• Robin, I wish I had something better to offer than words but just wanted to say that I’m so sorry for all of the businesses that are suffering because of this, yours included. I’m sure it’s been incredibly stressful and can only hope that we continue to think of new ways to support our local workers. All the best to you.

      • Thank you, Aquinnah. All the businesses have great concern right now, for good reason. If you think about it, even the Steamship Authority is in trouble right now. In the case of the SSA, it’s going to take more than a book from our beloved bookstore to move us across the water to the other side!

  7. 1st of all can we go anywhere that does not turn a situation into a political vent?
    As for Bunch of Grapes, IT’s sad when a small business after many years fails. This as as.much to do with the corona virus as it does with basic economics. Book stores are simply not viable businesses anymore. Even the natl chains have struggled bringing in coffee shops and lunch spots to help sustain their business.
    Go the federal loan route, absolutely. But look at further adjustments to your business model to make it sustainable.
    Unfortunately it may not be anymore.

  8. Sad, indeed, and even in the best of times, most of the failures of small businesses is due to under capitalization…and this situation only exacerbates it. It will be difficult if the island stays closed down and second home owners do not arrive in large numbers, renters, etc. So many small businesses on the island will be hurt, damaged, lost. The most that many of us can do is buy and patronize when this is over. I am not quite sure if the go fund me program is useful here. Is this a loan? a gift? Can we give and get books later?

    • GoFundMe is pure, tax-deductible donations. What you get in return is helping out a beloved bookstore. You can give as little or as much as you like, or not at all.

        • Easy-Peazy
          You make tax deductible contributions to a non-profit.
          The non-profit makes a donation to the for profit.
          No taxes are due on the the non-profit’s donation to the for profit.
          The for profit pays no taxes unless they make a profit.
          I am going to guess that the Bunch of Grapes will not be facing that problem this year.

          • Ajay, you nailed it, this is being done a lot. Especially in political fundraising. It is not technically a direct donation to the for profit, but a vehicle that is used to benefit the for profit. Or the political organization.

    • A GoFundMe donation is a gift to the store, not a loan, but you can still purchase books and gift cards through the Bunch of Grapes website:

      “We are currently closed to the public, but you may order through our website 24 hours a day. If we have the book in stock, we would be happy to arrange for curbside pick up or free local delivery. Any books we don’t have in stock can be ordered and sent to you anywhere in the US. And don’t forget – gift cards are a great way to keep us humming now AND later!”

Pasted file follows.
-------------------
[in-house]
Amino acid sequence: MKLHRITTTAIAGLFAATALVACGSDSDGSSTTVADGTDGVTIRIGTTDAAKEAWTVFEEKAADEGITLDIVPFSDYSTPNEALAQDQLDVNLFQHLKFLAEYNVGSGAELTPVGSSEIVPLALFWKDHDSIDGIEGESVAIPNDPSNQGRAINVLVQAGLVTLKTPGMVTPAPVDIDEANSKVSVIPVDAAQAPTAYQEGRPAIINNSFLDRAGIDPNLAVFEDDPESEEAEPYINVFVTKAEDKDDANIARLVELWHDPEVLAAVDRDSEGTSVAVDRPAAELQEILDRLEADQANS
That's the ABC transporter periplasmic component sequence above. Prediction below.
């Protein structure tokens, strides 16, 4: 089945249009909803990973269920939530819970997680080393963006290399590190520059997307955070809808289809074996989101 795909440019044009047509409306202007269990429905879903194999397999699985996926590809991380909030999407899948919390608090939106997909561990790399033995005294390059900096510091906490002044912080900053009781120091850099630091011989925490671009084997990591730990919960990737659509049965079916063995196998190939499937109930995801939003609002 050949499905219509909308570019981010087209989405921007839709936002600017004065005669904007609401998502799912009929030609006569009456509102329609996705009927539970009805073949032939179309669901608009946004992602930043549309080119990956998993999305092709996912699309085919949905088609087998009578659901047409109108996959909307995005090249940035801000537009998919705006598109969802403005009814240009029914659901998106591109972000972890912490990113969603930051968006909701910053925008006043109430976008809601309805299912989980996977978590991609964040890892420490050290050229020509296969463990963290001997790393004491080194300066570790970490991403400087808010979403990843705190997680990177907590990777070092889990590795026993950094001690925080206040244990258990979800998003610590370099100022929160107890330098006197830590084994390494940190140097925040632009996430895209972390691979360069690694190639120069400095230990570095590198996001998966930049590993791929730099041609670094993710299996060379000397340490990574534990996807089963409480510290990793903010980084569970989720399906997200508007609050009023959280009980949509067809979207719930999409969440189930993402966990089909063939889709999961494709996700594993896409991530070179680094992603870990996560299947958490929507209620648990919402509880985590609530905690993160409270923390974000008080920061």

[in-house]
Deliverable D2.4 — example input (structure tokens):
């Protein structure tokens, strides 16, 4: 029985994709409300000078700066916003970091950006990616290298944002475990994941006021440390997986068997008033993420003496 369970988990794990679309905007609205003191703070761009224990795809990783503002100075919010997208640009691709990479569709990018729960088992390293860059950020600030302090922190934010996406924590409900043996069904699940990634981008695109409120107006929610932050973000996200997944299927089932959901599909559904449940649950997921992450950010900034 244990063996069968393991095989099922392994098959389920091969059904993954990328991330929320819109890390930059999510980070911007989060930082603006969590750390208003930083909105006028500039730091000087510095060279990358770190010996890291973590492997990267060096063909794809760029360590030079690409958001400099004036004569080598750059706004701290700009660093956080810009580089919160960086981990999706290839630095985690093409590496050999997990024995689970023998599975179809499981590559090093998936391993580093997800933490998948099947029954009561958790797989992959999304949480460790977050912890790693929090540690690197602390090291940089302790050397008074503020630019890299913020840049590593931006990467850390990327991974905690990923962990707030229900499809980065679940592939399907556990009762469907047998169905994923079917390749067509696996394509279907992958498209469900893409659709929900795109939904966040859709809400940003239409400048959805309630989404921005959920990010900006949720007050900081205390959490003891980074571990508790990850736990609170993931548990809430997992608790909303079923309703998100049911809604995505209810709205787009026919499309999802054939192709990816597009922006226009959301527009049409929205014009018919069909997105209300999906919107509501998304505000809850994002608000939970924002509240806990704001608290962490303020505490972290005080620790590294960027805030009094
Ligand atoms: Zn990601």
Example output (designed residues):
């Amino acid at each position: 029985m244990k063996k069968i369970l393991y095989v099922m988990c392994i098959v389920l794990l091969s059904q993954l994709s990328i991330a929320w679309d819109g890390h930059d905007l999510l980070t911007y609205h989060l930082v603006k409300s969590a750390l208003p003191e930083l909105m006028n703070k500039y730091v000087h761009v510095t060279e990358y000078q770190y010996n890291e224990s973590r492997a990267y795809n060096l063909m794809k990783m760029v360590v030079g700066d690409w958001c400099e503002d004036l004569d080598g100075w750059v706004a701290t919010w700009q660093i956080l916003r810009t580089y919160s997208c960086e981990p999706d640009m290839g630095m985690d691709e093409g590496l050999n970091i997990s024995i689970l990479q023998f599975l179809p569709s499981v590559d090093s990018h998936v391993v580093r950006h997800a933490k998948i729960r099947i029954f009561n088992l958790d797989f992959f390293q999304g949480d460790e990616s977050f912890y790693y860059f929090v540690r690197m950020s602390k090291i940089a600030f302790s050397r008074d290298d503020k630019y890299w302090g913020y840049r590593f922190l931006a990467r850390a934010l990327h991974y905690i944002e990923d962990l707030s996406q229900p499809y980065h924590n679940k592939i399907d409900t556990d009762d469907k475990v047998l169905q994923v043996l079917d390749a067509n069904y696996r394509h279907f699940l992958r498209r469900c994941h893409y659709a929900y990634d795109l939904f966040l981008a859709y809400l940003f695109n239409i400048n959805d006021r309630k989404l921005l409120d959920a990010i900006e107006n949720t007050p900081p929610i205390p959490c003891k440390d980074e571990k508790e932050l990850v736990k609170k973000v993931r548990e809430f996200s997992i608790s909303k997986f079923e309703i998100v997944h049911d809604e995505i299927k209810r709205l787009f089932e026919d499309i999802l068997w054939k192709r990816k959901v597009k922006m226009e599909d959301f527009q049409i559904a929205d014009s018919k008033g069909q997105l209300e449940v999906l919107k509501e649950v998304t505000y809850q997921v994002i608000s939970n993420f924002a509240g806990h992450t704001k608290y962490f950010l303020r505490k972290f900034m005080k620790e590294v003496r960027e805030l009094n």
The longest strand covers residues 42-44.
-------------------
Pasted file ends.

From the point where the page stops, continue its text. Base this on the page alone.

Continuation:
• P.S. Meant to add that if anyone is looking for a book to purchase from Bunch of Grapes, I’d recommend Stephen Fry’s Mythos. This was the last thing I read that had me sucked in. ???????????? It’s Greek mythology delivered in a fun (but not shallow) way.

  9. During the last 5 decades I have been associated with this island I have witnessed the systematic loss of substantial commerce and it’s replacement with ever more frivolous, marginal and seasonal junk business. Where is our Ford garage, Jeep, Dodge establishments? Where is the downtown Edgartown grocery, liquor stores, post office? The hardware store had to move out of downtown. Where is the island machine shop? Recently we lost an auto parts store. Islanders have been bamboozled into adopting policy that has led to our descent into summer carnival subordination. The current crisis has laid bare the fundamental weakness of what is called an economy.

  10. Donations are pure, tax-deductible donations? to a private business? what is the source for this information that is being published?

    • There is nothing in the story that says the contributions are tax deductible. A commenter made that claim.

      • George, thank you for your clarification. I read through the article and comments and Jackie made the comment that it was a pure, tax deductible donation.

      • “There is nothing in the story that says the contributions are tax deductible.”


      • Every January I get the year’s summary of all my GoFundMe deductions from them and assumed it was all tax deductible as charity donations. I looked it up since I was questioned and I was wrong! Sometimes that happens, lol.

          • Jackie, if the donation is to an IRS recognized entity, the donations may be tax deductible….the donation to the Bunch of Grapes bookstore is a gift…..I have made donations through go fund me to tax deductible entities that are tax deductible. The vehicle of the donation is not the deciding factor, it is the legal entity of the recipient.